Holiday rush at Mexico City’s hangover prison

(Joshua Partlow/ The Washington Post ) - Inmates play volleyball in the courtyard at El Torito.

(Joshua Partlow/ The Washington Post ) - Inmates play volleyball in the courtyard at El Torito.

MEXICO CITY — On the way home from a pre-Christmas fiesta, Mauricio Rodriguez, after “two tequilas,” felt clear-headed and focused, “not dizzy or anything.”

So when the IT help desk employee failed one of Mexico City’s feared alcoholímetros — those pervasive breath tests at holiday checkpoints — he knew he would be saying goodbye for a while. No ticket. No warning. “Come get my wife,” he told his father by phone before being whisked off in a squad car. “They’re taking me away.”

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Rich or poor. Legislator or bricklayer. Foreign or domestic. Anyone in Mexico’s capital city who exceeds the legal 0.08 alcohol limit must take a strange little journey to a squat brick building next to a playground on the west side of town where they can sit — and sit, and sit — and think about what they’ve done. Part prison, part timeout for adults, the official name is the Center for Administrative Sanctions and Social Integration. But everybody knows it as “El Torito.”

“It’s like jail-lite. Mild jail,” Jorge Emilio González Martínez, a senator with Mexico’s Green Party, told reporters after he spent his drunken-driving penance there earlier this year. “They make you conscious of your error. I have learned.”

Winter holidays are Torito’s boom time. In Mexico, the whole month of December seems devoted to one bacchanal or another. Celebrations for the Virgin of Guadalupe blend into nightly pre-Christmas posadas and boozy company lunches that bubble over into New Year’s celebrations. Christmas bonuses, required by the government, flesh out the national wallet.

“The end of the year we see an exceeding amount of people arriving,” said Torito’s director, Rosa Maria Laguardia. “Very powerful people. Humble people. Engineers, lawyers, artists, journalists. Everyone. Everyone ends up here.”

The place is not without its charm. One recent day during the holiday rush, several inmates, including one wearing a Corona T-shirt, played a spirited game of volleyball in the courtyard. A refreshment stand nearby served sodas and chips. There’s a library, movies and a small glass shrine to the Virgin Mary decorated with flowers. Christmas Eve warranted a special menu: turkey in plum sauce and spaghetti soup.

“Prison I’m sure is worse,” Rodriguez said.

A former slaughterhouse, Torito has been drying out drinkers since the late 1950s, but only in the past decade, since the introduction of the city’s breath-testing program, has it taken on such cultural import. More than 100,000 people have slept it off within its white-washed brick cells in those 10 years, spending up to a day and a half before walking free. Other civil infractions can land you in Torito — drinking on the street, disturbing the peace, scalping tickets, cleaning windshields at stoplights, getting rowdy at soccer games — but the majority are drivers stopped by the breath-test cops.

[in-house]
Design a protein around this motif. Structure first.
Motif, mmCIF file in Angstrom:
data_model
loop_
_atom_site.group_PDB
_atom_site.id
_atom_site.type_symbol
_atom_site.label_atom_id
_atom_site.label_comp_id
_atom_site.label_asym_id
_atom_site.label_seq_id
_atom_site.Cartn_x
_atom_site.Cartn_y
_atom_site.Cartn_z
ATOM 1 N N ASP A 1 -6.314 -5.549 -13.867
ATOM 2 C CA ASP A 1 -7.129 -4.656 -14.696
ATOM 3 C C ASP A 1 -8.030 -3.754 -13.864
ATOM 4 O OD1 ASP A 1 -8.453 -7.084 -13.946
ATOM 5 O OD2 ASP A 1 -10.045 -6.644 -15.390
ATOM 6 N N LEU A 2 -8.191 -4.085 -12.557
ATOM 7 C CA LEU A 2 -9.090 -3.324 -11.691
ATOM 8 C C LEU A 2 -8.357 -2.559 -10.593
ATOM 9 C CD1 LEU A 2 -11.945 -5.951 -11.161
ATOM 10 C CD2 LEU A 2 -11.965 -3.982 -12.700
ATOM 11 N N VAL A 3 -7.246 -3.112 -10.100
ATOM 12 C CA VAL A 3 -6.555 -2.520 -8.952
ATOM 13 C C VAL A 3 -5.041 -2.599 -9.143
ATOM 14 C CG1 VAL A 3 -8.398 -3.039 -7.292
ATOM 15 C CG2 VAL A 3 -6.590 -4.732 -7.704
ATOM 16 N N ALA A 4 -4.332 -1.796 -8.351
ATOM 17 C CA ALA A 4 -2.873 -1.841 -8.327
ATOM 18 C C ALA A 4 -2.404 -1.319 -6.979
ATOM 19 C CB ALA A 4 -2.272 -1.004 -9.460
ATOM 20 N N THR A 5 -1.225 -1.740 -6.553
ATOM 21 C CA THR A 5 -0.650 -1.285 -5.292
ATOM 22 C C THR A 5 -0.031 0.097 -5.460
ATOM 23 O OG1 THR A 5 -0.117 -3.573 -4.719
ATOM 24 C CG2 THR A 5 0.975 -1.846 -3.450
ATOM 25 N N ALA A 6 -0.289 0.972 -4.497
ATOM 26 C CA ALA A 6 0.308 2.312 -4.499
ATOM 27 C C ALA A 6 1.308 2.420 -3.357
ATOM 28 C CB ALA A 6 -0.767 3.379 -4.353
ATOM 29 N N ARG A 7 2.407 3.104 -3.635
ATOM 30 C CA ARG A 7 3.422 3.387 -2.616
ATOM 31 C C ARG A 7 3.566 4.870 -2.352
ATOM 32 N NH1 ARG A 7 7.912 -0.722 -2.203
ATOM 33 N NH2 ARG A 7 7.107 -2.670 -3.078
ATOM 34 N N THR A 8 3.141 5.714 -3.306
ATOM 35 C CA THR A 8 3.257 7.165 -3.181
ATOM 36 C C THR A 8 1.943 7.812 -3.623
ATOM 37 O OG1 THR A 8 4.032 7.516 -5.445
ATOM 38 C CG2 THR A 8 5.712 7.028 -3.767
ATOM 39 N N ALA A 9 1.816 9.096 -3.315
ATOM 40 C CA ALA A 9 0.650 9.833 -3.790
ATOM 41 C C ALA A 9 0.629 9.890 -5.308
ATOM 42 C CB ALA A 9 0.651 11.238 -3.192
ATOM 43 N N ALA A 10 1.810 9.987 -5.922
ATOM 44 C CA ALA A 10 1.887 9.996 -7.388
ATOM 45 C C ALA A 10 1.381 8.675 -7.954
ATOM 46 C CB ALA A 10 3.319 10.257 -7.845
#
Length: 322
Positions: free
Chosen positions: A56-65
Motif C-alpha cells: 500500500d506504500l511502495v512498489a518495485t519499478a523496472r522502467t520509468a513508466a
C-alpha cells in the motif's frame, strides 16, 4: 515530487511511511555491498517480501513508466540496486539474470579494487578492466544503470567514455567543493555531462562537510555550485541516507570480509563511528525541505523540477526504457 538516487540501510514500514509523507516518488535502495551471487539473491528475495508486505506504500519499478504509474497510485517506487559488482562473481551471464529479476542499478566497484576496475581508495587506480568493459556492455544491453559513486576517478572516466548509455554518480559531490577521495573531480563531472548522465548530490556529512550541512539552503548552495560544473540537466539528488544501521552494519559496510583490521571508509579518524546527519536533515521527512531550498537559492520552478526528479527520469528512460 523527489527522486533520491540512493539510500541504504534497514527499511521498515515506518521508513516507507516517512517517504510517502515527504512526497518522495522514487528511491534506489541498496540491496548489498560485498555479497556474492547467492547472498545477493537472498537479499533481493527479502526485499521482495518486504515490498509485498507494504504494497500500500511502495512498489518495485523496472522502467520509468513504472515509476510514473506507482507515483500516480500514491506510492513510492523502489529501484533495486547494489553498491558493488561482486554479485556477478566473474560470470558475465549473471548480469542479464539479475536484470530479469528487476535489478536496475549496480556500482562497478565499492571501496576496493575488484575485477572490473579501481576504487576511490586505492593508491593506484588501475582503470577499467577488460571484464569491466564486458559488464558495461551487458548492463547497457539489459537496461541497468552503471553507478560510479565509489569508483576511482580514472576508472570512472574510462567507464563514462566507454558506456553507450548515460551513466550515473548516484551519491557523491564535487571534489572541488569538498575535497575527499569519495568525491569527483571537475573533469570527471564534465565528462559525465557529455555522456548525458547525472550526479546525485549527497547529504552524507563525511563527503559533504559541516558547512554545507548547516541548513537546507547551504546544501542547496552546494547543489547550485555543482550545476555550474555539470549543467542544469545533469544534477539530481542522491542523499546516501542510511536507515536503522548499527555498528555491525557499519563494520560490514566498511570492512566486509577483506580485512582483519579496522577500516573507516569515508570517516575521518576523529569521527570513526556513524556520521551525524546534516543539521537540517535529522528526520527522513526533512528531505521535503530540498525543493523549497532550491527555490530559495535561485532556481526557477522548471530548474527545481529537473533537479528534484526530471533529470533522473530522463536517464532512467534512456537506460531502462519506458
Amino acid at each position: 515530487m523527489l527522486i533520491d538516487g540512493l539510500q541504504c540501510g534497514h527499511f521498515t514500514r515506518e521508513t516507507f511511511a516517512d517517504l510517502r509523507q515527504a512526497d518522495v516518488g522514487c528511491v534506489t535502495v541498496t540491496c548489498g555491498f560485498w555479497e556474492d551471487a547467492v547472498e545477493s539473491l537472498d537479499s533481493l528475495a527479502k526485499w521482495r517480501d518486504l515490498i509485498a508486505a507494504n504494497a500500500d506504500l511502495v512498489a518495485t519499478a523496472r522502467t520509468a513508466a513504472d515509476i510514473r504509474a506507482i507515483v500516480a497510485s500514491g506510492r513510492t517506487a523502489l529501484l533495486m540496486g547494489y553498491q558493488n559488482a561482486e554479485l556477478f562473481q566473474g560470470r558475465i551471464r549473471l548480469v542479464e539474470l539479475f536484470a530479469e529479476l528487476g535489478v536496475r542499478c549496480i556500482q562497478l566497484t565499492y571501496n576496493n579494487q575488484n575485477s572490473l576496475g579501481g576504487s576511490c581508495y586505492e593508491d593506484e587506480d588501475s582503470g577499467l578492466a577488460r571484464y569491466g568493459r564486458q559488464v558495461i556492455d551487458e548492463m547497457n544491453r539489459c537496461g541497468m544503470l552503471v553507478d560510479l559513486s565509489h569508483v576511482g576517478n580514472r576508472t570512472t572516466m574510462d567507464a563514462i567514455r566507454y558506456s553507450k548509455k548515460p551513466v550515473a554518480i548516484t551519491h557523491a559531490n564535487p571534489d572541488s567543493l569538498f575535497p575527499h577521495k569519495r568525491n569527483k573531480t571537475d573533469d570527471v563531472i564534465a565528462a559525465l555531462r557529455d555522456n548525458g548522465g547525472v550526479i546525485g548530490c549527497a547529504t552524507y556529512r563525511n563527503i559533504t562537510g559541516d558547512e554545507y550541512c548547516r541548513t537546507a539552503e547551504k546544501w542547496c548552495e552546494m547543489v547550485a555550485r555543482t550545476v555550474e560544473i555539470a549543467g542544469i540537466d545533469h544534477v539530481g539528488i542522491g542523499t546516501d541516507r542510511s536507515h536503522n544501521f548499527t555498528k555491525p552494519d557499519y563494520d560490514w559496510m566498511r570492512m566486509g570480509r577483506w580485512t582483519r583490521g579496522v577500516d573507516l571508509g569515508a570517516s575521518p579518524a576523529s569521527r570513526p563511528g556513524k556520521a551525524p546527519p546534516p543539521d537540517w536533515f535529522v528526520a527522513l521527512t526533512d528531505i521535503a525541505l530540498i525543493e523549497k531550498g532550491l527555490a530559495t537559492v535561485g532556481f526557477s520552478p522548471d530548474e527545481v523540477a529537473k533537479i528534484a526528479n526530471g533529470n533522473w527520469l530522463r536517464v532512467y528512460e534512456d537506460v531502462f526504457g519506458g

“The objective of the institution is to make people aware of the damage they can cause themselves and others” by drinking and driving, Laguardia said. “They can suffer tremendous crashes, and often people die.”

About 1,500 people pass through Torito during an average month. December surpassed that figure in its first three weeks, around the time city authorities announced their holiday special: Breath analyzers would be going 24 hours a day until early January in 20 fixed and roving locations.

The Internet fought back, with Facebook and Twitter users calling out checkpoint locations. Easy Taxi, an Uber-esque mobile app, sent out an e-mail to its users on Dec. 17 warning about the round-the-clock alcoholímetros.

“If you want to avoid falling into Torito, it’s better to download Easy Taxi for free,” it wrote.

Rodriguez was worried when he saw Torito’s sign in the wee hours Saturday — “Don’t be surprised, the alcoholimetro program violates no fundamental rights.” He entered the white metal doors and stepped onto the cold stone floor.

“I asked one of the guards here, ‘Hey, what do I do? What’s the dynamic? I don’t want to get stabbed.’ He’s like, ‘No, everybody just wants to leave.’ ”

Unfortunately, you can’t. Depending on the severity of the infraction, inmates must spend 20 to 36 hours at Torito. While fixers hover outside to arrange a type of bail for some, even the wealthy and well-connected have to return to complete their hours. The prisoners sleep on concrete bunks and the cells have metal bars, but they’re not locked and the guards don’t carry guns.

By 6:30 a.m., the prisoners are roused for breakfast, no matter the hangover. There are medical checks, discussions with psychologists, classes on the dangers of drugs and alcohol.

Outside, family members wait nervously for their kin to be released. A paparazzo in a leather jacket pulled up on a motorcycle, his lens trained on the door, hoping to get lucky with a celebrity sighting. Antonio Guerrero, a thin 22-year-old who works at a parking garage, stepped onto the sidewalk rubbing his eyes after logging his 36 hours. “Not very pleasant in there,” he said.

He got nabbed while walking on the street after “three drinks.” He said he paid the cop 100 pesos — about $8 — and even so he was spirited away to Torito. “It’s because it’s Christmas. The police want to pick up as many people as possible to get their little gifts.”

Rodriguez came out in a better mood. “Freedom!” he yelled and raised both fists in the air. He hugged his wife and daughter.

“Right now I’m going to go for some cold beers,” he said. “I’m not going to drive, though.”

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